Blayne Pereira: Despite ‘winning lockdown’ and having plenty more think pieces written about it over the past 12 months, TikTok is still very much the new kid on the block in social circles – and it’s that curiosity that drives people towards it.

From a user perspective, one of the main benefits is the feeling that you can ‘dip in and dip out’ of TikTok because content is forcibly short. Of course, in reality, you end up getting sucked into the binging vortex – and any content creators will still spend a LOT of time curating their material. Plus, without getting too political here, if Donald Trump is looking to shut it down, that’s probably the best endorsement you could get! 

Q3: Can TikTok work in the B2B sector?

Katy Powell: At the moment TikTok is predominantly a place for B2C brands, but that’s not to say it won’t be in the future especially with the age demographic rising slightly. There is no harm in a B2B brand dipping their toes in, even if simply just to learn how the platform’s used before launching a full-blown strategy.

Harry Seaton: TikTok absolutely has B2B benefits, but it will depend on the type of products or services you’re pushing. Marketing is an obvious answer in that, even if your potential clients aren’t on TikTok (although I’d imagine they most definitely are), a good TikTok account will prove your knowledge of the platform and help you sell campaigns. Simple.

The beauty of TikTok and its algorithm is that it learns a lot about us very quickly. So long as your content is created with your customer in mind and in a way that the platform prefers, it’ll do its best to find them for you. Furthermore, you’ll have plenty of opportunities with the paid advertising side of the platform too.

Tory Frost: Sure – but there has to be a value exchange. People on TikTok want to learn or laugh so if you can offer either, that’s the start of a great campaign. It’s also a place where people are finding their tribe. And whatever you’re offering B2B, there will be someone who’s passionate about it. I’d just question whether the current demographic is representative of most B2B audiences… 

Andy Seibert: Currently TikTok isn’t oriented for B2B.  But many social media platforms aren’t at first. Example: Instagram – and so B2B marketers should look to Instagram as an inspiration. For the right brands – especially those associated with innovation – TikTok is a must consideration.

Blayne Pereira:  Yes, it can, but have very specific targets in mind. No one wants to be seeing a promo for your next company webinar featuring your chief digital architect or head global data processing. TikTok will not be for every company – and a forced presence ‘just for the sake of it’ will inevitably backfire. However, there may be parts of a B2B organisation that are worth looking at, perhaps a behind-the-scenes type account, or one where you can crowdsource some light-hearted content. Just make sure you avoid the jargon. It’s not strictly B2B, but the Washington Post is an utterly random collection of humorous videos, many of which are self-aware and office-based. It won’t be for everyone, but it’s amusing to see how a 142-year-old company takes to TikTok.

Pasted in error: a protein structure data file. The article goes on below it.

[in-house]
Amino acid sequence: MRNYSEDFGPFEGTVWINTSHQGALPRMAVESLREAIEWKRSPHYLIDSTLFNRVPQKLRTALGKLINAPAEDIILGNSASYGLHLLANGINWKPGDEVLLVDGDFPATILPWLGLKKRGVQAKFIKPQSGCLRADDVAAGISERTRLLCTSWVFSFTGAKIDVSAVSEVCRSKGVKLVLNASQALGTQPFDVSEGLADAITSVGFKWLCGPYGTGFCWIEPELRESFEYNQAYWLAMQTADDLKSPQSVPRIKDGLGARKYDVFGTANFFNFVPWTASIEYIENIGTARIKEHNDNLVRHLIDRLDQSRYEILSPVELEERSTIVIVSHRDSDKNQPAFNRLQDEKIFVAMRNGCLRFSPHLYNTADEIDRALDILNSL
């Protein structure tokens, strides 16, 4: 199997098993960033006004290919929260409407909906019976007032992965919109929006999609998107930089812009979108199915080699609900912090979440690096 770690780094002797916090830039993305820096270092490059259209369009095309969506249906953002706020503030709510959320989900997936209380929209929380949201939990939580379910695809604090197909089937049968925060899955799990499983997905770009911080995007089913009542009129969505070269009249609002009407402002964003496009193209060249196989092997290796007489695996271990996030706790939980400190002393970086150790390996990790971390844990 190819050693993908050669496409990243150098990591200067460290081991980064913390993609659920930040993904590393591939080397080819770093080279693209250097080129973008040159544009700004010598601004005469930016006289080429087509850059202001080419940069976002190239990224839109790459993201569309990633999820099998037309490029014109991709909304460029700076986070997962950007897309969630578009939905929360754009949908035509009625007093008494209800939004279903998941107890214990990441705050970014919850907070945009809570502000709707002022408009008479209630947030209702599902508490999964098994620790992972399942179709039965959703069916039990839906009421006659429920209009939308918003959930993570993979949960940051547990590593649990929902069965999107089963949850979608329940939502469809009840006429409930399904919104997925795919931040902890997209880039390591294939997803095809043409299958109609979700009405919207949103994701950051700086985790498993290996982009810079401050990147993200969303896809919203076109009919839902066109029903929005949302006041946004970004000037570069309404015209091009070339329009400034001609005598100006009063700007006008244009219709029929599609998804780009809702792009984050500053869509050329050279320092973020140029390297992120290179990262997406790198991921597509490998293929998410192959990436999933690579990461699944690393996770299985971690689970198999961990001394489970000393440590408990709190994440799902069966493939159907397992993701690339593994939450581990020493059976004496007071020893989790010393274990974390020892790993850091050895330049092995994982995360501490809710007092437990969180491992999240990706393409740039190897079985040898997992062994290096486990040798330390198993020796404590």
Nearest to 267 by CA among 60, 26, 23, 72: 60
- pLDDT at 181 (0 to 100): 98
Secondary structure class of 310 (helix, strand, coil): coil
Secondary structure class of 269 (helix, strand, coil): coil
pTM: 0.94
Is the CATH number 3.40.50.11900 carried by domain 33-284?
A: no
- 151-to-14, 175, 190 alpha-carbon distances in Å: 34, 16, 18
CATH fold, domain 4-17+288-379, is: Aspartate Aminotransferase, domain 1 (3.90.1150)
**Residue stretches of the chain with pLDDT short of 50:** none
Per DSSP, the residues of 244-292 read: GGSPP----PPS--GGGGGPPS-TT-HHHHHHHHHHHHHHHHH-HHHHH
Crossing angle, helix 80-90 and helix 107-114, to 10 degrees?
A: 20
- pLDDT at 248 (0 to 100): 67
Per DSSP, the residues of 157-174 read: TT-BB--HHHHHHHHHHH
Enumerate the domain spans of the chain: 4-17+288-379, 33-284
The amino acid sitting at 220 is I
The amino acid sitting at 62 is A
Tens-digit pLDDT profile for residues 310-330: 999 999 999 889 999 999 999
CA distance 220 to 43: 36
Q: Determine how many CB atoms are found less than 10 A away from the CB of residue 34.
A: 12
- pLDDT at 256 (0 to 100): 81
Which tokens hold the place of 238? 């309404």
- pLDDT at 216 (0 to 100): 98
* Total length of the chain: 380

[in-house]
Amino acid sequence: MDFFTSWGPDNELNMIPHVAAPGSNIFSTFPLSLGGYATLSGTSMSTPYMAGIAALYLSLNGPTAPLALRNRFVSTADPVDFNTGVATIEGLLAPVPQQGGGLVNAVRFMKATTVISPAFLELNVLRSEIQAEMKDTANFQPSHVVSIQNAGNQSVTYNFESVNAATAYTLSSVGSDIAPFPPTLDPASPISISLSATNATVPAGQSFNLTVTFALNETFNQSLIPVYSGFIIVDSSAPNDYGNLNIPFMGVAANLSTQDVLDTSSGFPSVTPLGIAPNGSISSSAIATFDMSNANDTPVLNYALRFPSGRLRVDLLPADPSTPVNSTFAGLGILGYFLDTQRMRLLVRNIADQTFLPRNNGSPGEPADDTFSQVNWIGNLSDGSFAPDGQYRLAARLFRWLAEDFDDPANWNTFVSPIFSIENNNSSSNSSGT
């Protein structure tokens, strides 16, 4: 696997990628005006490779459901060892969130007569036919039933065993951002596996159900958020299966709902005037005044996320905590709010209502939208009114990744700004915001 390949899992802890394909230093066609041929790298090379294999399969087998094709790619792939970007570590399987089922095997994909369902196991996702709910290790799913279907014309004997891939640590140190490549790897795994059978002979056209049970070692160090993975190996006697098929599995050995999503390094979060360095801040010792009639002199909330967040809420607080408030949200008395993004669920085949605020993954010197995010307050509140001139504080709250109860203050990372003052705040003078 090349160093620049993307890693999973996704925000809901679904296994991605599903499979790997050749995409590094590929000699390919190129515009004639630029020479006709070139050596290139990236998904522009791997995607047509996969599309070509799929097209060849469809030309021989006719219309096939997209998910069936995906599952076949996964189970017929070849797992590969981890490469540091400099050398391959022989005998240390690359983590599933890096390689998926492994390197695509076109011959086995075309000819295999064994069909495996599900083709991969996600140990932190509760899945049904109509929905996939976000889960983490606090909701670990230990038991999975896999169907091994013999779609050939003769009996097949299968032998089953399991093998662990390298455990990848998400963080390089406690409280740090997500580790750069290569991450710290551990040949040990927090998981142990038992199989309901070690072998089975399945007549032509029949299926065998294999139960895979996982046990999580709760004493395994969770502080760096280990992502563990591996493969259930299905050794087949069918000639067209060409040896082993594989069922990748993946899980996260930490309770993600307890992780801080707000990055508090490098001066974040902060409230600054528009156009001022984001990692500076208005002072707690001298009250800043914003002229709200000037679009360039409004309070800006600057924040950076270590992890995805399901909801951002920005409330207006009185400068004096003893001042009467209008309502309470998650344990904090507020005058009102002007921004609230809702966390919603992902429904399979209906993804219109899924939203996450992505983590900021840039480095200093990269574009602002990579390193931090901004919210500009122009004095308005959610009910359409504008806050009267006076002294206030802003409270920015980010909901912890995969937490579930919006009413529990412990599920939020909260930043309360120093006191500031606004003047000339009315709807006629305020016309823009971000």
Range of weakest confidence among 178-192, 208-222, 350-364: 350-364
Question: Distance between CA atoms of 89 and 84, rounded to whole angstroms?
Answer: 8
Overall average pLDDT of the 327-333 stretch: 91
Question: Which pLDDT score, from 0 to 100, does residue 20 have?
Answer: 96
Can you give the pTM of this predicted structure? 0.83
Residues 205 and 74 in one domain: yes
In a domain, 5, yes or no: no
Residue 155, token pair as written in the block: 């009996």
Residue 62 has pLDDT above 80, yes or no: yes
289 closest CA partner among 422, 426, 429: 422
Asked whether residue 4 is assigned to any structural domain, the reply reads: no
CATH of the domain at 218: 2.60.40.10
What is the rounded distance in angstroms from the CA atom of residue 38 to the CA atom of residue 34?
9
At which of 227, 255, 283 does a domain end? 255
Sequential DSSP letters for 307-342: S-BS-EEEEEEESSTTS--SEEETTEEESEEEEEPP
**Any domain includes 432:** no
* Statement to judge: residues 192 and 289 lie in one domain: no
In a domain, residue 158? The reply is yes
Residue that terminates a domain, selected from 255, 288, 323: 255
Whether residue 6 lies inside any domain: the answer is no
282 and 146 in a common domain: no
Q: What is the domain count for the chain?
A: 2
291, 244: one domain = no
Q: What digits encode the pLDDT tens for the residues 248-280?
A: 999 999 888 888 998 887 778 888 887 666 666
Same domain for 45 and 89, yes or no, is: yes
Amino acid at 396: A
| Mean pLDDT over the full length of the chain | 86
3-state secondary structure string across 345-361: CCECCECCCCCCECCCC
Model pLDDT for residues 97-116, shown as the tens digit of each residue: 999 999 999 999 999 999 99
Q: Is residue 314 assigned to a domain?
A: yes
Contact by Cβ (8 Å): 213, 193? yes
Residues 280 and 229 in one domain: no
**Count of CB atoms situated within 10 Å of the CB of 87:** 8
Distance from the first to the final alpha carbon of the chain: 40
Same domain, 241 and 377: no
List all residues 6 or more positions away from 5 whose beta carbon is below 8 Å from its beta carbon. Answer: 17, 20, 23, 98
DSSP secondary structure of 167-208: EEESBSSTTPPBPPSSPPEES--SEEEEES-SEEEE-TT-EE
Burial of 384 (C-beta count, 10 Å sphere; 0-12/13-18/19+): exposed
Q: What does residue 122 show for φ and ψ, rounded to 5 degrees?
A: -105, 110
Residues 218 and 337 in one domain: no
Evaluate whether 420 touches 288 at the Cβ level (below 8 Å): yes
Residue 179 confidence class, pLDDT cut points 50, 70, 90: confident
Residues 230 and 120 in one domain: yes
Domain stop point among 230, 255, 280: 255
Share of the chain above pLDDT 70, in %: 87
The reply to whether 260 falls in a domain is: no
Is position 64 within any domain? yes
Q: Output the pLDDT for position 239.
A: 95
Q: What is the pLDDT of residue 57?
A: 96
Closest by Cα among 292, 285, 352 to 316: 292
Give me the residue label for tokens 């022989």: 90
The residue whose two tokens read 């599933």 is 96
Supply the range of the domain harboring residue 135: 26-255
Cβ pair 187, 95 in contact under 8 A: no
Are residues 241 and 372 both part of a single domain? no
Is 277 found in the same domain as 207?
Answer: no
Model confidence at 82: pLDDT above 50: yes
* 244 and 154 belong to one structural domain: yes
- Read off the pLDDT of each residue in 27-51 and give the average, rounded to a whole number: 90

Christina da Silva: Honestly, I’m not sure, I don’t think right now I would invest time or money in connecting with a B2B audience on TikTok, I think there are better options, but depends on the product and service and how entertaining and relevant they can make the content for the platform.

Funny TikTok food

Q4: So what brands (or sectors) are using TikTok well?

Andy Barr: I like the juxtaposition of seeing really traditional brands and organisations doing so well on such a new and creative platform. For instance, a number of the UK Armed Forces regiments have TikTok accounts that are smashing the content goals out of the park. The same could be said for the likes of the RNLI. In terms of brands, aside from all the usual suspects in terms of big brand budgets and appeal, I think GymShark deserves a big shout out for the way that they have embraced the channel and seamlessly mixed commercial opportunities with groundbreaking and innovative content.

Erica Vonderwall: Fashion brands – those associated with things like Love Island and TOWIE, do quite well by re-using meme-worthy audio from the shows that are bound to either resonate or get laughs. Food brands can do really well also, as there’s a sort of ASMR for watching food being made that people get hooked on. And travel brands are doing big things with drone footage and travel-lusty videos that make people want to start booking things again.

Katy Powell: The beauty industry is really thriving on TikTok. Rihanna’s beauty brand Fenty has ramped up its TikTok strategy, creating content jumping on the latest trends but also posting slightly more promotional product videos.